Kevin D. Williamson explains to National Review Online readers this morning the importance of Kentucky Sen. Rand Paul’s filibuster of the nomination for a new CIA leader.

Senator Paul’s decision to stand in the way of this appointment is not about persons but about policy – specifically, the Obama administration’s claim that it has a legal and ethical mandate to carry out extrajudicial killings of American citizens overseas that are indistinguishable from assassinations, and, especially, the administration’s recent terrifying expansion of that policy to include the option of putting to death Americans in the United States without trial, proper legal process, or meaningful oversight. Given that the CIA has been the instrument entrusted with carrying out these killings in several cases already, holding up Mr. Brennan’s appointment is appropriate. …

… There is no question that killing an American citizen under arms in the course of battlefield combat is easily within the bounds of acceptable national-defense action.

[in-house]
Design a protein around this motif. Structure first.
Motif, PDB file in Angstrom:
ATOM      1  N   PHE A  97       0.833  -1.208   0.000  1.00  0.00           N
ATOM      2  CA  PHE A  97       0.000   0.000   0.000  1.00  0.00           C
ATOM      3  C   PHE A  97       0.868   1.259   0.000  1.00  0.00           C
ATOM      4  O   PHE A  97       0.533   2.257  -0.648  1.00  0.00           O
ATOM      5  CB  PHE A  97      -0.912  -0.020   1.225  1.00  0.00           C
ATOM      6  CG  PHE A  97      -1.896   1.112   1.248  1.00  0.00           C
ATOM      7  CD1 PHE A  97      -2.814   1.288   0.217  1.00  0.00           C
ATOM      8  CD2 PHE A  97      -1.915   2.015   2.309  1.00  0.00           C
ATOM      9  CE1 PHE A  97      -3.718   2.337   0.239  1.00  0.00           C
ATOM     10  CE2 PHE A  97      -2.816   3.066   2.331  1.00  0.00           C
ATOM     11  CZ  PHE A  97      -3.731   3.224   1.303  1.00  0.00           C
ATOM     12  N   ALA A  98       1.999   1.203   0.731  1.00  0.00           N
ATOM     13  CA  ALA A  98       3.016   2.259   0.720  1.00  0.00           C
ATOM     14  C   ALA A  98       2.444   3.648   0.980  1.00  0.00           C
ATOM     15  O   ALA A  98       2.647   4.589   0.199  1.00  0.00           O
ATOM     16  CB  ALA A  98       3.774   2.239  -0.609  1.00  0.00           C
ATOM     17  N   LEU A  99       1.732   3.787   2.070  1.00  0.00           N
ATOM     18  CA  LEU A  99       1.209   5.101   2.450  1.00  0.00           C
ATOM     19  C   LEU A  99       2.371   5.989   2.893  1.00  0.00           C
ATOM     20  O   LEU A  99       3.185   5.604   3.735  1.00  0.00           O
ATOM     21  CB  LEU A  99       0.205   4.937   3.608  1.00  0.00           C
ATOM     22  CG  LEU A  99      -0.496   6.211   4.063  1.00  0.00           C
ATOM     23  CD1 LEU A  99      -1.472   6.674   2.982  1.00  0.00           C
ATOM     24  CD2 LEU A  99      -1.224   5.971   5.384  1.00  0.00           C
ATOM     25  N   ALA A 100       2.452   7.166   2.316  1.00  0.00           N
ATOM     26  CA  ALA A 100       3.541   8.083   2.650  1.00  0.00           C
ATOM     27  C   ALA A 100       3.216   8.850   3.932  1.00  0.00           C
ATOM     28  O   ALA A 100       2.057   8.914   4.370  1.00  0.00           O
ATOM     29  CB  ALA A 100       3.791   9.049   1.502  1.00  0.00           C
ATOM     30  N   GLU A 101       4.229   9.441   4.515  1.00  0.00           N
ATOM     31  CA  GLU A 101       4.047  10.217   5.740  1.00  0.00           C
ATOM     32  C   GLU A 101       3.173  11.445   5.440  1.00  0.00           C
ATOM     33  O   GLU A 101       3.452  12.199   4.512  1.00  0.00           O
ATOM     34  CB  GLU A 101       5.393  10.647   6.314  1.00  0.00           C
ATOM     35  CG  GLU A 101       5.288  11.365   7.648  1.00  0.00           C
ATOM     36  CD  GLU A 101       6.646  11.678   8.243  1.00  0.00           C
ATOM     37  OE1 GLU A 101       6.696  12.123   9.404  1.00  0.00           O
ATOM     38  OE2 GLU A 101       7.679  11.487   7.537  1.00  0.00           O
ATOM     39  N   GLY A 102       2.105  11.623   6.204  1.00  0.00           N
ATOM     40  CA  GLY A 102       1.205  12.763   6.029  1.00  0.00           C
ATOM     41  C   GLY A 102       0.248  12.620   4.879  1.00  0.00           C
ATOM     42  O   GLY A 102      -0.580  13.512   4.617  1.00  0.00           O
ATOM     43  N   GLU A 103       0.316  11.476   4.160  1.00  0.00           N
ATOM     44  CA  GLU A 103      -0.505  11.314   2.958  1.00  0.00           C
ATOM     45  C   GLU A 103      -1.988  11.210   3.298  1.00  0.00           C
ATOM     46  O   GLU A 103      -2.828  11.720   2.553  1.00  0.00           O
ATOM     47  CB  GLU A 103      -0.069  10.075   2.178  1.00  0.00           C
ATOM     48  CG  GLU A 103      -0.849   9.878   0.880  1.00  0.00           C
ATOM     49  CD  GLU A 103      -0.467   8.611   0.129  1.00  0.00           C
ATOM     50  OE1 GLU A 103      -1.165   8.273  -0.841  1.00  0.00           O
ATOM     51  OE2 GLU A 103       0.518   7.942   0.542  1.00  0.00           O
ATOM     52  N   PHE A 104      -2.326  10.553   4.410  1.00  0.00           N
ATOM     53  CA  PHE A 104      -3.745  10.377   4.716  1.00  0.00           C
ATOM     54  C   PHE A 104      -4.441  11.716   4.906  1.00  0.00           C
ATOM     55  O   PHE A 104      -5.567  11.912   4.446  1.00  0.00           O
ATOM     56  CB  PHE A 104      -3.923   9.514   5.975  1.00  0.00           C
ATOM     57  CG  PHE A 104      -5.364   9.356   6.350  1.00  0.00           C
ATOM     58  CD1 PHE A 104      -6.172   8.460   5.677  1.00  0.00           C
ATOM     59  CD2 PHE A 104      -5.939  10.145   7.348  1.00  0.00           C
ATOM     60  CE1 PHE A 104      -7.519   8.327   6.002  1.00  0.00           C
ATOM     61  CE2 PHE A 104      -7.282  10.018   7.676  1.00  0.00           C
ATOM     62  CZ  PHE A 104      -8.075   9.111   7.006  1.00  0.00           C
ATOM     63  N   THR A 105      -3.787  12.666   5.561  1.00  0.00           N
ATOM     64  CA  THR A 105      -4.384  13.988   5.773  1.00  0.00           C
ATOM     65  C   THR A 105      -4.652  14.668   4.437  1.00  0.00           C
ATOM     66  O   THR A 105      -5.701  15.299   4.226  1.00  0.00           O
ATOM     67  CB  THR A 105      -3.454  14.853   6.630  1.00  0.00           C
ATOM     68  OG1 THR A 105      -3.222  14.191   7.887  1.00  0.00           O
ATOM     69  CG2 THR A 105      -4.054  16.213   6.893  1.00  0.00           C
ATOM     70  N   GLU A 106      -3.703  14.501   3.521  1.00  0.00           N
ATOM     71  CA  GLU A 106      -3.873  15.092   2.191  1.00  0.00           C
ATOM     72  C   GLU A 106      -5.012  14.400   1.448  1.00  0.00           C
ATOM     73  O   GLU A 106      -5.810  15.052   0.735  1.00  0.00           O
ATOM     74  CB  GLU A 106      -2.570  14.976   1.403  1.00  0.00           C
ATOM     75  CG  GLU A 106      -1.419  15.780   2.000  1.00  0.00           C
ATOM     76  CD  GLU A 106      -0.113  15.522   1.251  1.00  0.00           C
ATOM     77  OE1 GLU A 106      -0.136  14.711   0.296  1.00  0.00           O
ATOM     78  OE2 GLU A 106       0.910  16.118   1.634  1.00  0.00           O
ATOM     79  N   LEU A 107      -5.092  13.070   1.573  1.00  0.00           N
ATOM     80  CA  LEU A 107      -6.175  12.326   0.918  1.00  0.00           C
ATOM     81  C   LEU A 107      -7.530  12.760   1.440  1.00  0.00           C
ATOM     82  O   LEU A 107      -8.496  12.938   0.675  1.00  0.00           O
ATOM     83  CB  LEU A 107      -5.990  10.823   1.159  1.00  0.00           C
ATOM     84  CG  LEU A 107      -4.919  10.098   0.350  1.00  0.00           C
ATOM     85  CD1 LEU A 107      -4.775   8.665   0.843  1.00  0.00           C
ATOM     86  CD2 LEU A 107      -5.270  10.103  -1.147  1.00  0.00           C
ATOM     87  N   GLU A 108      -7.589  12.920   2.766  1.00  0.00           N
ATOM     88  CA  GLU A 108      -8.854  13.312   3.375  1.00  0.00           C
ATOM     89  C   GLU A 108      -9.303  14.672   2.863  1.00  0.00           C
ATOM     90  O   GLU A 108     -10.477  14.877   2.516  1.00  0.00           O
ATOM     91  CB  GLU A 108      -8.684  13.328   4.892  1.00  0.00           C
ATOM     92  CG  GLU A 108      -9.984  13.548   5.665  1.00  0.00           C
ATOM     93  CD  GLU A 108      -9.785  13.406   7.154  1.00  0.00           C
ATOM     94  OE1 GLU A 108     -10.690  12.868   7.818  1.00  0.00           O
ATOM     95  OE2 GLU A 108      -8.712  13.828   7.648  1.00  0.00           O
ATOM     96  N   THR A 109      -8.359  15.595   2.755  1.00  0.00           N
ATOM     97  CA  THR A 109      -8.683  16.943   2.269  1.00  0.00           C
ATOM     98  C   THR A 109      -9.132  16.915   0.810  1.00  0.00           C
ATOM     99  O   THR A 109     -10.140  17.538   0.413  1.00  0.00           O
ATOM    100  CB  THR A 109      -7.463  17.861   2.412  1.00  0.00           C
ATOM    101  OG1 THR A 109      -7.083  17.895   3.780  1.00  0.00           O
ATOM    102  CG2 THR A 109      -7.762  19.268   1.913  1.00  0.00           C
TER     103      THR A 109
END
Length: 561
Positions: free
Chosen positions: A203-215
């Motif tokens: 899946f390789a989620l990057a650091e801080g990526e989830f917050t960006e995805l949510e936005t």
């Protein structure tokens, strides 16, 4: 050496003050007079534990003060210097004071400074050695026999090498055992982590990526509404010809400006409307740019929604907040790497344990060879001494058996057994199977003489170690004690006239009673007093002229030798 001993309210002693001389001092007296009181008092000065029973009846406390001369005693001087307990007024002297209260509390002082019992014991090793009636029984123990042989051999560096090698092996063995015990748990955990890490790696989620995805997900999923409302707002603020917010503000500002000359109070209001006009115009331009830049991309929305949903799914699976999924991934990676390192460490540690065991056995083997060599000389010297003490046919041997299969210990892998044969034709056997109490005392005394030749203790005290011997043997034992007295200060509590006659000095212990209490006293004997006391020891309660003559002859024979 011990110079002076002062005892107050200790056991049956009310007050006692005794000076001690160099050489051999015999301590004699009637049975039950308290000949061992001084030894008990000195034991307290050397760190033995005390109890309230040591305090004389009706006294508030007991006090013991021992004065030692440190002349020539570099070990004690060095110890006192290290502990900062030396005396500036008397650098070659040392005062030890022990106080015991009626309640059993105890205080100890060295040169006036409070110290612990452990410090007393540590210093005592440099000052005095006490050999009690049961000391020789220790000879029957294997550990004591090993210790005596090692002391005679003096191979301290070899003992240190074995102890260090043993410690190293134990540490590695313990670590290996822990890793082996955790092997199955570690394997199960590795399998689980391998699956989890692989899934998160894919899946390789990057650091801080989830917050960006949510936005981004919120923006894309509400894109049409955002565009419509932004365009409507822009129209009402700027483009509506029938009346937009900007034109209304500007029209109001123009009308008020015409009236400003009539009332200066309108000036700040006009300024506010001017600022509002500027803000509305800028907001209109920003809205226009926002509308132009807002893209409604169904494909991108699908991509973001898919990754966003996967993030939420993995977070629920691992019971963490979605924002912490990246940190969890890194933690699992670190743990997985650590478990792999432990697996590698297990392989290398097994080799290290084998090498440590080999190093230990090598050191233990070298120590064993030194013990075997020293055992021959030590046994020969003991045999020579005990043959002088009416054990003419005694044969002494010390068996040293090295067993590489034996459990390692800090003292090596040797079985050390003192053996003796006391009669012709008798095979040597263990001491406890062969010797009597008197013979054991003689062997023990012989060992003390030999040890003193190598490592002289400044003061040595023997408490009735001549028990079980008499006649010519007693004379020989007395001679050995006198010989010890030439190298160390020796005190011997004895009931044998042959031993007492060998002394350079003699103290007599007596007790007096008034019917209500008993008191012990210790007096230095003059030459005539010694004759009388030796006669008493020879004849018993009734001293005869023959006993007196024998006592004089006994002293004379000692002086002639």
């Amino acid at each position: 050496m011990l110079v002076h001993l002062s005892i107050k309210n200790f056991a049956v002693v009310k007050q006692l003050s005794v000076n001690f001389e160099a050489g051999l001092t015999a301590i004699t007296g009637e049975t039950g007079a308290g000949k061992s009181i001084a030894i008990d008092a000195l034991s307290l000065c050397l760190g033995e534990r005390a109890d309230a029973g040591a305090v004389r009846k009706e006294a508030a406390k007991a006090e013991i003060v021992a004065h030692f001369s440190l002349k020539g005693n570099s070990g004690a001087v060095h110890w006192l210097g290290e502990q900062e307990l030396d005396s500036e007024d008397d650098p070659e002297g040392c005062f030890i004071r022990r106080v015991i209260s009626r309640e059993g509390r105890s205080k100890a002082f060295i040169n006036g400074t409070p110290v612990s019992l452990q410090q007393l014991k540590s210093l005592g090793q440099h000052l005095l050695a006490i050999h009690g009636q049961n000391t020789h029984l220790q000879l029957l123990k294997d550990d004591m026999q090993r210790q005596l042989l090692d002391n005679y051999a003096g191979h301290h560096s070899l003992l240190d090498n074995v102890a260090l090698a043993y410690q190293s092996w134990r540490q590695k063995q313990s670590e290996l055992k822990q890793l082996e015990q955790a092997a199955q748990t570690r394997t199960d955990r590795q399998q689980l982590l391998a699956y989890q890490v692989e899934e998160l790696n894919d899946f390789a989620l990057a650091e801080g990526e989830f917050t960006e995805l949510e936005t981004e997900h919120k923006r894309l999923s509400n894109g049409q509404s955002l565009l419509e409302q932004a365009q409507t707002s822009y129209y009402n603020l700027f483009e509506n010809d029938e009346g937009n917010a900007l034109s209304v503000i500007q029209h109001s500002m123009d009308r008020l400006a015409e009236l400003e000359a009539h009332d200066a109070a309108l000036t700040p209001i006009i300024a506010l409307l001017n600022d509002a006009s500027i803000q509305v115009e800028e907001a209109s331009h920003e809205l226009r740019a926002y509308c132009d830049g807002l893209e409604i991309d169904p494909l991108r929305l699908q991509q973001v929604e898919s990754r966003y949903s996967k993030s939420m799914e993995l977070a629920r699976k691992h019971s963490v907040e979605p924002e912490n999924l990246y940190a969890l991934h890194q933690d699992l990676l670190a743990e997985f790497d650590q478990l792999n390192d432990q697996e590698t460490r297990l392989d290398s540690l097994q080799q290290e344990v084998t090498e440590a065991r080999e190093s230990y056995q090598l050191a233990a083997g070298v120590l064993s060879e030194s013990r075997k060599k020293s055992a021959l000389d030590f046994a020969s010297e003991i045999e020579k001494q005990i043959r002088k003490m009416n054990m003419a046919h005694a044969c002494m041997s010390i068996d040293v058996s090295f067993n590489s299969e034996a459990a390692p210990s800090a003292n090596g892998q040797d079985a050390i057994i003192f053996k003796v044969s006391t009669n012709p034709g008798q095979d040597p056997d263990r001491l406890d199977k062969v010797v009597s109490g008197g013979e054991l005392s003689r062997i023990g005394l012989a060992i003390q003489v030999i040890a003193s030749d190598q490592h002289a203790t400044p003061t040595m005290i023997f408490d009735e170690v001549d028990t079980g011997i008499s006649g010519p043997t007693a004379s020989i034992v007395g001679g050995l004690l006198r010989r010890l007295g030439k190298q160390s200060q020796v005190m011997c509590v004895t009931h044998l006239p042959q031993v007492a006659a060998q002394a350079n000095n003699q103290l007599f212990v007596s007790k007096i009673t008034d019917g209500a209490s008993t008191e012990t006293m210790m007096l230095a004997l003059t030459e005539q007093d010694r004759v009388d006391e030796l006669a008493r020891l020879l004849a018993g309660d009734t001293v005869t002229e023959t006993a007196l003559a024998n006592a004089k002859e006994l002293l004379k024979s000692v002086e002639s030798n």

But that is not the question before us. Instead, we are faced with an arrangement by which the president may designate any American, at home or abroad, as an “enemy combatant,” and place him on a list of people to be killed — not in the course of combat, but in targeted operations indistinguishable from assassinations. The legal justification for this is derived from the penumbras of the 2006 Military Commissions Act — but Congress has passed no law specifically authorizing the premeditated, targeted killings of American citizens abroad, to say nothing of American citizens at home. I very much doubt that such a law could pass Congress, even as defective and unreliable as our Congress can be. Passing such a law would not make these killings any less problematic, but it would introduce a much-needed balance-of-powers element to the situation.